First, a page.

When Pigs Fly

Guides, reviews, histories, and travel tales from the barbecue trail.

A Guide to American Barbecue Sauce Styles

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[Photograph: Josh Bousel]

In the 19th century, the French declared the mother sauces. Bechamel, veloute, espagnole, tomate, and hollandaise all became the bases for other sauces in classical French cuisine. Barbecue sauce is sort of the same deal. Key ingredients such as vinegar, tomato and mustard have all come to define regional barbecue in the United States.

While sauce on its own is never enough to save bad barbecue, it can perfectly complement the flavors of good barbecue, giving it an identity and elevating it to greatness.

So, what are the "mother sauces" of barbecue?

Basting Liquid: Barbecue's First Sauce

During the 19th century, when barbecue took root across the nation as a culinary tradition, cooks basted their meats with some mixture of butter, salt, pepper and vinegar. Some cooks even relied on a combination as simple as water, salt, and pepper, mainly to add a bit of moisture and secondary flavor to their smoked meats.

Texan smokehouses like Cooper's have held onto this basting tradition longest, using meat drippings as a base and spiking recipes with a range of ingredients like ancho, chipotle, garlic, lemon juice, and Worcestershire sauce.

Vinegar

Pepper and Vinegar Sauce

[Photographs: James Boo]

Vinegar sauce, the first evolution from barbecue basting liquid, remains barbecue's most basic condiment. At a minimum, it is limited to white or cider vinegar and dried red pepper flakes, producing a tangy, spicy baste meant to cut through the smoke and fat of traditional barbecue.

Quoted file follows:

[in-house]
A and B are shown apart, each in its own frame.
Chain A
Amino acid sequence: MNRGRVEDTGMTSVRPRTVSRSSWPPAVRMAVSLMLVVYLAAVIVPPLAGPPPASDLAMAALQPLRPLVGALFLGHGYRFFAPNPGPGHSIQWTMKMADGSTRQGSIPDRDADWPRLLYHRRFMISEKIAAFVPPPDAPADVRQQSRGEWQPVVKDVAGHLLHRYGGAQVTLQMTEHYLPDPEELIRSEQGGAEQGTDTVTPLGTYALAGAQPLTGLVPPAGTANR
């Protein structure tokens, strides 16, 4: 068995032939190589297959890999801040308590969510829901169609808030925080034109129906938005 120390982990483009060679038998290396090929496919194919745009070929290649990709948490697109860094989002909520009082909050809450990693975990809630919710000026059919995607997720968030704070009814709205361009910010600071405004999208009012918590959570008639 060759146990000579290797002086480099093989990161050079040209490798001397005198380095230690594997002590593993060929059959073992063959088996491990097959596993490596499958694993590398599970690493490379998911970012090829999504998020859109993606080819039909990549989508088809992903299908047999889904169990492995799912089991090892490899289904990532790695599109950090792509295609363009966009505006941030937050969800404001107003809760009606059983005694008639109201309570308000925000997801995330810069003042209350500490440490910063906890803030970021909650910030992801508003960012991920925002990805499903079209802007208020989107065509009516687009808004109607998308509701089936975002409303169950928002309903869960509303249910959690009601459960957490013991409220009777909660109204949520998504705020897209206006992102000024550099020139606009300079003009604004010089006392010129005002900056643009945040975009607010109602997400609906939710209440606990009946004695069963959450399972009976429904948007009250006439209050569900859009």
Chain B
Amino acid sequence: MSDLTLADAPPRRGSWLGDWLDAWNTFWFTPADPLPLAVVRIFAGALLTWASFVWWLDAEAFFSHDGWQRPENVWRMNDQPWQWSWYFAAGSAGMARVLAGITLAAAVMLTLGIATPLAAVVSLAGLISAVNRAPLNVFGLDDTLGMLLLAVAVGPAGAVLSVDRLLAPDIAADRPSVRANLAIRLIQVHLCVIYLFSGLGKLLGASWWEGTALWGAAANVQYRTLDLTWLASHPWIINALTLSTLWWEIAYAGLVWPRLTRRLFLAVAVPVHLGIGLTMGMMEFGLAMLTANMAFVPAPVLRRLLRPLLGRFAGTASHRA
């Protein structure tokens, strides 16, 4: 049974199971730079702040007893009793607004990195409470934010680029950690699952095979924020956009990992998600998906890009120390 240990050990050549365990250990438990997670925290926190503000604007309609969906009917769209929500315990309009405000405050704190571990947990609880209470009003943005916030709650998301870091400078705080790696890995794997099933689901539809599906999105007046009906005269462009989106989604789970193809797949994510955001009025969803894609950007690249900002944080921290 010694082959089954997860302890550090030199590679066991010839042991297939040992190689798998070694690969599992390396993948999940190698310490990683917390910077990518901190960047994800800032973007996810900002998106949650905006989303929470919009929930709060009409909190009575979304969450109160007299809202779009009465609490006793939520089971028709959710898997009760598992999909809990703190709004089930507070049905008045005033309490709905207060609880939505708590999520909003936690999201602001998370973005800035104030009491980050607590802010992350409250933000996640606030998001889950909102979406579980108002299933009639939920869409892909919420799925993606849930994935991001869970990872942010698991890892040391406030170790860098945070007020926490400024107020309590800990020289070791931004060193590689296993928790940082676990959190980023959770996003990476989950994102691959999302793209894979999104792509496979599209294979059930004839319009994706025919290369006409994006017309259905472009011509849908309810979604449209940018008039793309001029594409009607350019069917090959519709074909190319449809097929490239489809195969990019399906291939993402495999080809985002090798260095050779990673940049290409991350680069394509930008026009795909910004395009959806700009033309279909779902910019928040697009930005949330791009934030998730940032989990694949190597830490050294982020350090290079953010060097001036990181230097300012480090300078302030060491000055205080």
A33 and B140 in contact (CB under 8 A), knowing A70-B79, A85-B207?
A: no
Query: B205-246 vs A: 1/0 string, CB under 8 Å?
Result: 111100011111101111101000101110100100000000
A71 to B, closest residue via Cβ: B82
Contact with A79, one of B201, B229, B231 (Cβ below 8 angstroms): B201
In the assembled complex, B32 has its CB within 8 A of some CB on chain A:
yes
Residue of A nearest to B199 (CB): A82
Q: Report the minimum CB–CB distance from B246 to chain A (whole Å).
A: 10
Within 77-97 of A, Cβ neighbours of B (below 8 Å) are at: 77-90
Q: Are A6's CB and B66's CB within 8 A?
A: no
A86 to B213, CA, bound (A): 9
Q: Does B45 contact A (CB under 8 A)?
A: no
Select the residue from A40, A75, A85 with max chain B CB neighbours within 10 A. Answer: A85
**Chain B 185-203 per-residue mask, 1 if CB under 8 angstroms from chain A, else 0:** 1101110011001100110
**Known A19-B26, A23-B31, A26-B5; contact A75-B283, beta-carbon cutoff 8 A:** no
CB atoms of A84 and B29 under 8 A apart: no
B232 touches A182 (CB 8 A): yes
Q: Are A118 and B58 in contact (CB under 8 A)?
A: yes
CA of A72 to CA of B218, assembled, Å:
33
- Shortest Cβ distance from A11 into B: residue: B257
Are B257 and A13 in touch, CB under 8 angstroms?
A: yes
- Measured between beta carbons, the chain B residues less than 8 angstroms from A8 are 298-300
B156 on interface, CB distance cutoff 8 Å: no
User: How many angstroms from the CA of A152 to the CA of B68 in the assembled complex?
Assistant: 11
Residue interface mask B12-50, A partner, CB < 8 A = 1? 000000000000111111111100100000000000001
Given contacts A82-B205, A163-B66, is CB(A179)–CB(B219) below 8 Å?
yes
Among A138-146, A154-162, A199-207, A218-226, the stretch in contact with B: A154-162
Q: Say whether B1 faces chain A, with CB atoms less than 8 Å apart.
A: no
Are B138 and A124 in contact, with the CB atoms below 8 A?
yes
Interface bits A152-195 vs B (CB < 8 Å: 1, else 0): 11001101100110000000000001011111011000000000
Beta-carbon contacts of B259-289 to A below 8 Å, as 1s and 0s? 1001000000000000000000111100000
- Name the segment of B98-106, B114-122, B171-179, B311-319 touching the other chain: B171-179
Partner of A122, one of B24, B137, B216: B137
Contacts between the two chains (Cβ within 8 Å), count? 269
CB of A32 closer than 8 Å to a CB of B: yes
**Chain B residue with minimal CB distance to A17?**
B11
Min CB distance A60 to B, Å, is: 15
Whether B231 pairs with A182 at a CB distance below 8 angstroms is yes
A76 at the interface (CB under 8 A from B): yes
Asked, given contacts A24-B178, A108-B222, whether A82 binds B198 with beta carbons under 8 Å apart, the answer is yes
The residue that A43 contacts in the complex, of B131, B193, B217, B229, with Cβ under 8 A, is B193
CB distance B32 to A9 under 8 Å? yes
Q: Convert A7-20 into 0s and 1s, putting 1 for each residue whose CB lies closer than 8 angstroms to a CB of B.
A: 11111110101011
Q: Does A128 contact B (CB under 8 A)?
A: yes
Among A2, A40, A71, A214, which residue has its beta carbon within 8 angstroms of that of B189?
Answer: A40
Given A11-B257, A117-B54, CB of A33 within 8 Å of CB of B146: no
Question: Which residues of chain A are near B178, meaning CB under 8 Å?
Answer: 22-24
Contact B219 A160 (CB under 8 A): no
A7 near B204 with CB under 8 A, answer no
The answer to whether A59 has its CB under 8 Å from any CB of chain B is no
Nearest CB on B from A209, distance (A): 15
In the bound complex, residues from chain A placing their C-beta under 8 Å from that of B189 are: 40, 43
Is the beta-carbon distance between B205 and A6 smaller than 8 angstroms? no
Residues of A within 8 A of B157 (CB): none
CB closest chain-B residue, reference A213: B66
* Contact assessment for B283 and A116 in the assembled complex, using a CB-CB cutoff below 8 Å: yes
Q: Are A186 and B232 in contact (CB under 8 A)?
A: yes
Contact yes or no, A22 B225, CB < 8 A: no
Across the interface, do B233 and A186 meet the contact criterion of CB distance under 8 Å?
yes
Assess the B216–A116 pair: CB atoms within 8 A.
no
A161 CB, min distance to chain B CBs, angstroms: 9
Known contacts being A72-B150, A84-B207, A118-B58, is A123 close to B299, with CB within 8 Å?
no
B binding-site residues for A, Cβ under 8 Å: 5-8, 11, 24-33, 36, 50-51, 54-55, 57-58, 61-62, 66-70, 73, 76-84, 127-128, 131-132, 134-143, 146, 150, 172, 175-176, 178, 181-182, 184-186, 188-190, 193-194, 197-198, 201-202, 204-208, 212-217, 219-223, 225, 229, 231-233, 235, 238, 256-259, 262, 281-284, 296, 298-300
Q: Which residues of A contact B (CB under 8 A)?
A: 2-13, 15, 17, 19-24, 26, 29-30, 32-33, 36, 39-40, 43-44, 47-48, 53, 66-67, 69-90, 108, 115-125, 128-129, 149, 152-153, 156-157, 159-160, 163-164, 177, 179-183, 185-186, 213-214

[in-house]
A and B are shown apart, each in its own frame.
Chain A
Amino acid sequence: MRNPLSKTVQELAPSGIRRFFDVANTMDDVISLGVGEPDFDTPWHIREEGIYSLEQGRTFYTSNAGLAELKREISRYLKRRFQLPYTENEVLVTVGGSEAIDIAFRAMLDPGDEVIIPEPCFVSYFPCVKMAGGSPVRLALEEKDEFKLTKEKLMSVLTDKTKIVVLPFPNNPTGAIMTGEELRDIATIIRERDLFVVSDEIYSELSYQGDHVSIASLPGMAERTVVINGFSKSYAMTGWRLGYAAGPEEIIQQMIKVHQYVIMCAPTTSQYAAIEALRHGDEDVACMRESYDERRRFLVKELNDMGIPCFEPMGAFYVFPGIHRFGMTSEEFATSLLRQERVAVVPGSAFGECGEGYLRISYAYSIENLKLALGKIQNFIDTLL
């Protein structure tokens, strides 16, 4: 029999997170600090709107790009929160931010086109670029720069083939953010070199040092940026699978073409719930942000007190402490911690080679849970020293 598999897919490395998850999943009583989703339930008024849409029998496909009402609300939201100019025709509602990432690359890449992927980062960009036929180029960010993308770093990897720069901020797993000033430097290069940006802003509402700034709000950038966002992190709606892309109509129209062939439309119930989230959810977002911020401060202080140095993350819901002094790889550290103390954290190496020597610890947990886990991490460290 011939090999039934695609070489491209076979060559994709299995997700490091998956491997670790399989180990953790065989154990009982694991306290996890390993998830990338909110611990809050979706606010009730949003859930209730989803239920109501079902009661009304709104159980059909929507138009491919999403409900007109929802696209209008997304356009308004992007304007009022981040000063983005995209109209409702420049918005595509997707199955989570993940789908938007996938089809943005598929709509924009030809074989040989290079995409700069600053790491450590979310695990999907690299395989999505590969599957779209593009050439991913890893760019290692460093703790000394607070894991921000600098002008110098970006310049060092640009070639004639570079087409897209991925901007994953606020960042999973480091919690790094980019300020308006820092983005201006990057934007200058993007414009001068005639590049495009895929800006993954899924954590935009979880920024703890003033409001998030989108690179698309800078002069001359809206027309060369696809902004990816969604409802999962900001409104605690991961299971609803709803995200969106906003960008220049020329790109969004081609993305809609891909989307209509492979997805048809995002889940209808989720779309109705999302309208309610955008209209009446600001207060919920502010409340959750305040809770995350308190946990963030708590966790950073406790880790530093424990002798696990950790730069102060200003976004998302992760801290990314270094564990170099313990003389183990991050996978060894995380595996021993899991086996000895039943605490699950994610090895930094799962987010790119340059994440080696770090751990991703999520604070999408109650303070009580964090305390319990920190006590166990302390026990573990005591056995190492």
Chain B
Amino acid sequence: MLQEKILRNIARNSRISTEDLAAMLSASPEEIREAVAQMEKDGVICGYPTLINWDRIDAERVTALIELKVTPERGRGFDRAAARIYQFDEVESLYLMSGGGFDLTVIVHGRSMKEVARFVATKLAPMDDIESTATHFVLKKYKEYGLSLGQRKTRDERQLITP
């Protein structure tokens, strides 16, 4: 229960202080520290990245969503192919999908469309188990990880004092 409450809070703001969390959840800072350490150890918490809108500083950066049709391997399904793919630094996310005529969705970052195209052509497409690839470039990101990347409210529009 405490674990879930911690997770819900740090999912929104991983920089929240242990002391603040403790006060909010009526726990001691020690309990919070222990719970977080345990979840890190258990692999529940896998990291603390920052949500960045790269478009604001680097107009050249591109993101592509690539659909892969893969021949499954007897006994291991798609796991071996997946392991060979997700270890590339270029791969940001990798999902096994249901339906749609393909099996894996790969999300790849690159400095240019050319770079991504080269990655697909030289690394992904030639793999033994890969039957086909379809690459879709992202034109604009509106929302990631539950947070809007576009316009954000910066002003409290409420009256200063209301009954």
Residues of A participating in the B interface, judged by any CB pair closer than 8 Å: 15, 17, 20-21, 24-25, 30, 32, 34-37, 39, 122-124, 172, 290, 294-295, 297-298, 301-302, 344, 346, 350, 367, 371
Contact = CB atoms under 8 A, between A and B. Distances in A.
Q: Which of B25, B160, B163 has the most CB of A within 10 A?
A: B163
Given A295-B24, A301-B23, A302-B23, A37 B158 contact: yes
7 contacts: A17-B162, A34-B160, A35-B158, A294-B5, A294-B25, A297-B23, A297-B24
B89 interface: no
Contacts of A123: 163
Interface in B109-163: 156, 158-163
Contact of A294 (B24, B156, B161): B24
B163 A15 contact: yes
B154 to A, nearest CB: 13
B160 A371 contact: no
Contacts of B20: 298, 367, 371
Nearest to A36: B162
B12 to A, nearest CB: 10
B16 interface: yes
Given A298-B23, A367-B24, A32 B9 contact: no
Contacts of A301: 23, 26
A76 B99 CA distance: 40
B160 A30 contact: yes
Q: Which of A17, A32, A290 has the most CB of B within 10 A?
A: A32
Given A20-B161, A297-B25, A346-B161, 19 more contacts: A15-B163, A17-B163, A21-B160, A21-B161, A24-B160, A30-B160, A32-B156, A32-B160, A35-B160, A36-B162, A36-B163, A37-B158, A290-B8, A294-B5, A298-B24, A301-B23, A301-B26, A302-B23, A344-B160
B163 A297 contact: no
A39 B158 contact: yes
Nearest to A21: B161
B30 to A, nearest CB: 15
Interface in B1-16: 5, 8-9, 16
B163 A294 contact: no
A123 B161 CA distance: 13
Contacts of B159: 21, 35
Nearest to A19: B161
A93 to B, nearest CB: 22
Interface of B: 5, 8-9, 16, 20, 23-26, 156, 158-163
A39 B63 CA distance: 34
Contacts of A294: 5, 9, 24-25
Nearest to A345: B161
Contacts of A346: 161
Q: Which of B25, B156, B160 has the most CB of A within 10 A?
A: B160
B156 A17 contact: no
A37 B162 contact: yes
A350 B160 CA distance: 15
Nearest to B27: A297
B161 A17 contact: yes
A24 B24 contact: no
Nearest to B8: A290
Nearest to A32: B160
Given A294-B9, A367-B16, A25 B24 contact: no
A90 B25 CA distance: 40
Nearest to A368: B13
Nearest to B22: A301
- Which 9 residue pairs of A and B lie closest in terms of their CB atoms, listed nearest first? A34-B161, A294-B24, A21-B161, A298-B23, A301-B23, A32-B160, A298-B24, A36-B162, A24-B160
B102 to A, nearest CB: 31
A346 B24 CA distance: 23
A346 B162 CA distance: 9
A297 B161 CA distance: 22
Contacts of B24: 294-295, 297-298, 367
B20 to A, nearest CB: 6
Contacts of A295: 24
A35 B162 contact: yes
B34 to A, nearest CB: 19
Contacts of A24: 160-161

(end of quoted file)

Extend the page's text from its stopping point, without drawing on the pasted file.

Over time, pit masters have adapted vinegar-and-pepper sauces to their own ends. Lexington-style barbecue adds a bit of tomato paste or ketchup to thicken and sweeten its vinegar-based "dip." Pit masters who love a good kick with their 'cue tip the balance in favor of red pepper.

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Vinegar sauce is best served with whole hog and pork shoulder, especially the good stuff from the Carolinas. The sweetness and smokiness of pork barbecue is complemented perfectly by vinegar's acidic tang, and the subtleties of the meat won't be buried by this sauce's thin consistency.

Tomato and Vinegar

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Tomato-based barbecue sauce became the new standard of American barbecue in the mid-20th century, but this sauce tempers sweeter tones with the bite of vinegar. Most prominent in Memphis and St. Louis but also all over the country, tomato and vinegar sauces have a runny consistency, sweet-and-sour flavor, and often include a kick of pepper.

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[Photograph: Josh Bousel]

Tomato and vinegar barbecue sauce is the perfect partner for a rack of pork ribs, a basket of rib tips, or a chopped shoulder sandwich. It's especially great with barbecue that's developed a smoky, substantial bark, since the more subtle flavors of pulled pork or whole hog can be obscured by the lingering sweetness of tomato-based sauces.

Tomato and Sugar